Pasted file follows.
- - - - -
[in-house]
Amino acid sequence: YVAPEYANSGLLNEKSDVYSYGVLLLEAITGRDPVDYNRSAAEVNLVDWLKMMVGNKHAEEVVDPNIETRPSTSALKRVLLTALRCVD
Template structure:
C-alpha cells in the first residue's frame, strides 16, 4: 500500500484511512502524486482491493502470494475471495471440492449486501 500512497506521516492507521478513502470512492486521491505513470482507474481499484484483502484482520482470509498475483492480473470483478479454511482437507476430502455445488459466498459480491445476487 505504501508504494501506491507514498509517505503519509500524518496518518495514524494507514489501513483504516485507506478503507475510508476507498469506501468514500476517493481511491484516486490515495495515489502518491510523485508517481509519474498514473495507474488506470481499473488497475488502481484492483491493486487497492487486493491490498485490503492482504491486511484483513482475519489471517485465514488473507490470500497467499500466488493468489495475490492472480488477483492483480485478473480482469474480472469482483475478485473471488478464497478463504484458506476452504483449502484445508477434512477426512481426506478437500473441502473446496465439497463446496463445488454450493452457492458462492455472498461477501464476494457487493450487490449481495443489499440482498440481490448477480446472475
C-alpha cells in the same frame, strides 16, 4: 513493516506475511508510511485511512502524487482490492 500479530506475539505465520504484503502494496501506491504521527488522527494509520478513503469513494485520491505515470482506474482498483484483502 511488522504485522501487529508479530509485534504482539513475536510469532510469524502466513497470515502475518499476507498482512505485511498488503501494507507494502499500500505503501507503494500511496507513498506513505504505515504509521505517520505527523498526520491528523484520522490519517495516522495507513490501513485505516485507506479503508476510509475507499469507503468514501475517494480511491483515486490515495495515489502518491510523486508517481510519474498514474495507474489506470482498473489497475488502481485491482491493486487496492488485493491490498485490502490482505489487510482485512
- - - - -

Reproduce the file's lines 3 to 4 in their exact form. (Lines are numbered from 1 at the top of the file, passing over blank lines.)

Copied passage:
Template structure:
C-alpha cells in the first residue's frame, strides 16, 4: 500500500484511512502524486482491493502470494475471495471440492449486501 500512497506521516492507521478513502470512492486521491505513470482507474481499484484483502484482520482470509498475483492480473470483478479454511482437507476430502455445488459466498459480491445476487 505504501508504494501506491507514498509517505503519509500524518496518518495514524494507514489501513483504516485507506478503507475510508476507498469506501468514500476517493481511491484516486490515495495515489502518491510523485508517481509519474498514473495507474488506470481499473488497475488502481484492483491493486487497492487486493491490498485490503492482504491486511484483513482475519489471517485465514488473507490470500497467499500466488493468489495475490492472480488477483492483480485478473480482469474480472469482483475478485473471488478464497478463504484458506476452504483449502484445508477434512477426512481426506478437500473441502473446496465439497463446496463445488454450493452457492458462492455472498461477501464476494457487493450487490449481495443489499440482498440481490448477480446472475